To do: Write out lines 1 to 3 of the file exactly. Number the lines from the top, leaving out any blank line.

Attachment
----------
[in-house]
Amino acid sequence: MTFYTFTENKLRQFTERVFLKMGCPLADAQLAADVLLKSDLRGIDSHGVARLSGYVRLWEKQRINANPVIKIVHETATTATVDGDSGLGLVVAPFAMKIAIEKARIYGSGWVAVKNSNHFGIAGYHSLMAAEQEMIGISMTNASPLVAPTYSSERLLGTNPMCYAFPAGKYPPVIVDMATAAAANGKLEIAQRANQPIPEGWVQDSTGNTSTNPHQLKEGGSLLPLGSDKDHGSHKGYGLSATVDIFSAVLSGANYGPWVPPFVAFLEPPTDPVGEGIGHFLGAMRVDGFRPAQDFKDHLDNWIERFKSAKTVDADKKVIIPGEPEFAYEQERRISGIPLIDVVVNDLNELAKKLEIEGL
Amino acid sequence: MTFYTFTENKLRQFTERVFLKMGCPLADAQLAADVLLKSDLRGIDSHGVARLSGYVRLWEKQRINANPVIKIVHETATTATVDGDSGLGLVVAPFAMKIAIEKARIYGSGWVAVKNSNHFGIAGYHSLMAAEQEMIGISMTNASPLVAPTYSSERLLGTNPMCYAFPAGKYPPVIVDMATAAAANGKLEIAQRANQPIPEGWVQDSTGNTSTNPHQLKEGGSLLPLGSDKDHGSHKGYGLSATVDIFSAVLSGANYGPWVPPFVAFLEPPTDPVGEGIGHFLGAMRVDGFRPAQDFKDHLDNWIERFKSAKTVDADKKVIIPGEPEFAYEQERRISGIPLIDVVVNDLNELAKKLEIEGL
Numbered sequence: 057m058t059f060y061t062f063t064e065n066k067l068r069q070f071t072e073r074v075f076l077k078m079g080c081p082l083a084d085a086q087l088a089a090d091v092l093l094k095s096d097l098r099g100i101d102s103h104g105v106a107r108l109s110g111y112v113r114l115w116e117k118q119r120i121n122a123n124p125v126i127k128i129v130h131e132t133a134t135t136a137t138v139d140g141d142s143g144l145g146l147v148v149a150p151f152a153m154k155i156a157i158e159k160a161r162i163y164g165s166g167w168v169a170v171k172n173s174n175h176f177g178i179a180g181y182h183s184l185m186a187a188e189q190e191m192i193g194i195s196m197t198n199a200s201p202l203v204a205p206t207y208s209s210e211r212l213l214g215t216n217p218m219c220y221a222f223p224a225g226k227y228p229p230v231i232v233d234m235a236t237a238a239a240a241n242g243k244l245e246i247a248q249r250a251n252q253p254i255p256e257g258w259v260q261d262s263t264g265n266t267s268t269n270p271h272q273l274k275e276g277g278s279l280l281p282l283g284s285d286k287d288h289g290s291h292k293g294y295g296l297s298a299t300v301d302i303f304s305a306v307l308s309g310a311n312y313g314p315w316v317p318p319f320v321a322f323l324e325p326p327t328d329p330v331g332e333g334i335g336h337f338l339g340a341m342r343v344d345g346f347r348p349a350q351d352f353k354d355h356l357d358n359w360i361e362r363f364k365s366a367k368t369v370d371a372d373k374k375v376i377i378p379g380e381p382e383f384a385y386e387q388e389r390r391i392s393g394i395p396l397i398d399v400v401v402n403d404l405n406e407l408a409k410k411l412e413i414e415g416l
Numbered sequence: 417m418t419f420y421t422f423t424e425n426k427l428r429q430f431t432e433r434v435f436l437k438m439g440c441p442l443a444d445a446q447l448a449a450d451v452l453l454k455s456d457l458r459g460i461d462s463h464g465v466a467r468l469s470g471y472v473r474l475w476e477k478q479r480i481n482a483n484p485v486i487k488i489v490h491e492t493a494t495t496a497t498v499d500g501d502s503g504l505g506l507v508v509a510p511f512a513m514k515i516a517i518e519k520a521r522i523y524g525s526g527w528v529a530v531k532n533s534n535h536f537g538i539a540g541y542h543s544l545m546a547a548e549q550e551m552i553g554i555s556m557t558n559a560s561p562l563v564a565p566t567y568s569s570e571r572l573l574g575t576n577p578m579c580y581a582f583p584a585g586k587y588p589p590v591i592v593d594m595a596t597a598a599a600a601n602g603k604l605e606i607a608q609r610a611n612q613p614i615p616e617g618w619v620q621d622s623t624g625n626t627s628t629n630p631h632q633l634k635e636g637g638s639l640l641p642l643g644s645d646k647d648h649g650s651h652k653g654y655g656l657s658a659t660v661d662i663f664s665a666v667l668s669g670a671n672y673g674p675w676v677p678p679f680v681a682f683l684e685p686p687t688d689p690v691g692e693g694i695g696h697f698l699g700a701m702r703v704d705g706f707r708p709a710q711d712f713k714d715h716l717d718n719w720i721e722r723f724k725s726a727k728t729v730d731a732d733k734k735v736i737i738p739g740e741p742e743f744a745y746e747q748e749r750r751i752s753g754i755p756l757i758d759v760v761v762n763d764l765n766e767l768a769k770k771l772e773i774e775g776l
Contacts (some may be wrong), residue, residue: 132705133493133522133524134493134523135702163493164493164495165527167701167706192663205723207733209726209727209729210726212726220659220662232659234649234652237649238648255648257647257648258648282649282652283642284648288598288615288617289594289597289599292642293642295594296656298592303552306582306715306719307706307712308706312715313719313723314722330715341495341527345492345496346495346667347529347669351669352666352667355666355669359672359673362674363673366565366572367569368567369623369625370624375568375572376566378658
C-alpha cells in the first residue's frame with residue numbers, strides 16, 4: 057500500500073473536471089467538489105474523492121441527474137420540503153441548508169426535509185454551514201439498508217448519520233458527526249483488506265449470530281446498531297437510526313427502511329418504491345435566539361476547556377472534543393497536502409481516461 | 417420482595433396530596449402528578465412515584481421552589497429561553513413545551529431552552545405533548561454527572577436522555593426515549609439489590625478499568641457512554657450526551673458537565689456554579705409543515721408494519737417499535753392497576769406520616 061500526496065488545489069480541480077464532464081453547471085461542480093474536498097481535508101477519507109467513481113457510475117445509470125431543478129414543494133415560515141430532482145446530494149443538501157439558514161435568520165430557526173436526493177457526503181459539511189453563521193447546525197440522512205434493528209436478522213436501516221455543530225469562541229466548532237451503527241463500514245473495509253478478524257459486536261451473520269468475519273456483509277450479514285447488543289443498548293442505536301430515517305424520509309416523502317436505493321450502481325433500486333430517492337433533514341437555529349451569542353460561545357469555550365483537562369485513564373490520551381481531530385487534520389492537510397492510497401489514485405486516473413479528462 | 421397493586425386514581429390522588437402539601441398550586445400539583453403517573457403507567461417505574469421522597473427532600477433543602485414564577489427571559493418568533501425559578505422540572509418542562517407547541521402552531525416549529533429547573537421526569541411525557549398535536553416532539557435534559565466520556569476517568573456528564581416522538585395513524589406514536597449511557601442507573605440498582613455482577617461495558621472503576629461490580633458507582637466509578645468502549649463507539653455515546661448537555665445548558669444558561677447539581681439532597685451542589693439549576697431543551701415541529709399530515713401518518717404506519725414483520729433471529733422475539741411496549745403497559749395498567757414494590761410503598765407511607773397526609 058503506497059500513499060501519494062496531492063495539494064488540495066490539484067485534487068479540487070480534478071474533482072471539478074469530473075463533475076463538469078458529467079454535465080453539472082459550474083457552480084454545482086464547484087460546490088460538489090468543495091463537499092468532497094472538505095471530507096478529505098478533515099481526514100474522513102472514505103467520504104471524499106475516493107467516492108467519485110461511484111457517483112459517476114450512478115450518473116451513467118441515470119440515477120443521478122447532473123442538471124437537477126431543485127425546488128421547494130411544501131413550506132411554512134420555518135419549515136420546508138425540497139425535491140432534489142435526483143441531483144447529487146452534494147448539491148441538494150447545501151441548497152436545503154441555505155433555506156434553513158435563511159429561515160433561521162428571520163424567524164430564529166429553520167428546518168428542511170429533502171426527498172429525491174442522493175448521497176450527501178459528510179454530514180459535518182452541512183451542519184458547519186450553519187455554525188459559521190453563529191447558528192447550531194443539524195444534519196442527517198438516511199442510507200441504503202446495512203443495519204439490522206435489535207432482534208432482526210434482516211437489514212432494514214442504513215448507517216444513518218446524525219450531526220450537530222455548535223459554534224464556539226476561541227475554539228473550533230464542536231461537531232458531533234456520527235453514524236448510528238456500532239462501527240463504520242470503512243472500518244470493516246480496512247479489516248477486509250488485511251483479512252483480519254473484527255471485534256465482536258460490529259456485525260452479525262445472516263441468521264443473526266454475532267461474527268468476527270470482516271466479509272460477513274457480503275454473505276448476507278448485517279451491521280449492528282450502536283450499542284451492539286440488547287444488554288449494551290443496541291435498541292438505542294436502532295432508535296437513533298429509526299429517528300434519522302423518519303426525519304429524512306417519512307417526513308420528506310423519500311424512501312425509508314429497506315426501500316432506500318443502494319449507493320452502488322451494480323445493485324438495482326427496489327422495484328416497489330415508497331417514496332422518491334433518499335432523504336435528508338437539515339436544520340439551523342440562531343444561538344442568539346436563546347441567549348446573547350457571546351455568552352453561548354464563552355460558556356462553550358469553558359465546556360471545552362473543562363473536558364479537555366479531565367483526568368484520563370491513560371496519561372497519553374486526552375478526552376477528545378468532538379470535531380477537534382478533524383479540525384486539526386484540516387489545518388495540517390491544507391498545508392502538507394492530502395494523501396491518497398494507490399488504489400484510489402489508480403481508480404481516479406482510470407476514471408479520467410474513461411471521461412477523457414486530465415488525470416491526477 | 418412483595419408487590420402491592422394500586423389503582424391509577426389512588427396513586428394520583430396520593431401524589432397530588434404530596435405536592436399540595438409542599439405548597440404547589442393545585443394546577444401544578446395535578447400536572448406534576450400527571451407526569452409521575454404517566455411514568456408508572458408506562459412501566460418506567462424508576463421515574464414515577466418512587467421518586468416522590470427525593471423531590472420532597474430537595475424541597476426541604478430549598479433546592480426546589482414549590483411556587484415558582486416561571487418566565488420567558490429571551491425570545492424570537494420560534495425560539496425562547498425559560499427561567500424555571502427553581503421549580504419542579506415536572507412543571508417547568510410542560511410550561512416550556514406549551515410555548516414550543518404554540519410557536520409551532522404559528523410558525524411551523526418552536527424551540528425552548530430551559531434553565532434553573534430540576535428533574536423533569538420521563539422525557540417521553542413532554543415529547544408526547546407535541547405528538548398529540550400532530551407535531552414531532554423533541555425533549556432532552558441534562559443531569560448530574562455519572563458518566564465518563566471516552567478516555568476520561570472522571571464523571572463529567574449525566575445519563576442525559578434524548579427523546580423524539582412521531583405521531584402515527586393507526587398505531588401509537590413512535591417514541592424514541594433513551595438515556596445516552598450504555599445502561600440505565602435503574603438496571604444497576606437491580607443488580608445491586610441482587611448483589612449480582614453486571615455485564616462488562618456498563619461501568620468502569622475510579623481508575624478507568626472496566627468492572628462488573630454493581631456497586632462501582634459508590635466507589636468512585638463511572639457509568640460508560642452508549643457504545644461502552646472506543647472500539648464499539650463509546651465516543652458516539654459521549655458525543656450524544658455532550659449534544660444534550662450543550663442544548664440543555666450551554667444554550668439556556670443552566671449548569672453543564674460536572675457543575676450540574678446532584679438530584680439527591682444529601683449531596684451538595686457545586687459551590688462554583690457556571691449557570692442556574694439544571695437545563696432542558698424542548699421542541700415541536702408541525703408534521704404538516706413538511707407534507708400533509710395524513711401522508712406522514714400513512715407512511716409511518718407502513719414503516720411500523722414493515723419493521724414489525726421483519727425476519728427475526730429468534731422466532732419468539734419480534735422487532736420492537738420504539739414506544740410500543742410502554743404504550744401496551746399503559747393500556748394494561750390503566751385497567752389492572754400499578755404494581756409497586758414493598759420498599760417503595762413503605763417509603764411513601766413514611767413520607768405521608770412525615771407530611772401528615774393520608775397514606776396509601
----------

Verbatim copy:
[in-house]
Amino acid sequence: MTFYTFTENKLRQFTERVFLKMGCPLADAQLAADVLLKSDLRGIDSHGVARLSGYVRLWEKQRINANPVIKIVHETATTATVDGDSGLGLVVAPFAMKIAIEKARIYGSGWVAVKNSNHFGIAGYHSLMAAEQEMIGISMTNASPLVAPTYSSERLLGTNPMCYAFPAGKYPPVIVDMATAAAANGKLEIAQRANQPIPEGWVQDSTGNTSTNPHQLKEGGSLLPLGSDKDHGSHKGYGLSATVDIFSAVLSGANYGPWVPPFVAFLEPPTDPVGEGIGHFLGAMRVDGFRPAQDFKDHLDNWIERFKSAKTVDADKKVIIPGEPEFAYEQERRISGIPLIDVVVNDLNELAKKLEIEGL
Amino acid sequence: MTFYTFTENKLRQFTERVFLKMGCPLADAQLAADVLLKSDLRGIDSHGVARLSGYVRLWEKQRINANPVIKIVHETATTATVDGDSGLGLVVAPFAMKIAIEKARIYGSGWVAVKNSNHFGIAGYHSLMAAEQEMIGISMTNASPLVAPTYSSERLLGTNPMCYAFPAGKYPPVIVDMATAAAANGKLEIAQRANQPIPEGWVQDSTGNTSTNPHQLKEGGSLLPLGSDKDHGSHKGYGLSATVDIFSAVLSGANYGPWVPPFVAFLEPPTDPVGEGIGHFLGAMRVDGFRPAQDFKDHLDNWIERFKSAKTVDADKKVIIPGEPEFAYEQERRISGIPLIDVVVNDLNELAKKLEIEGL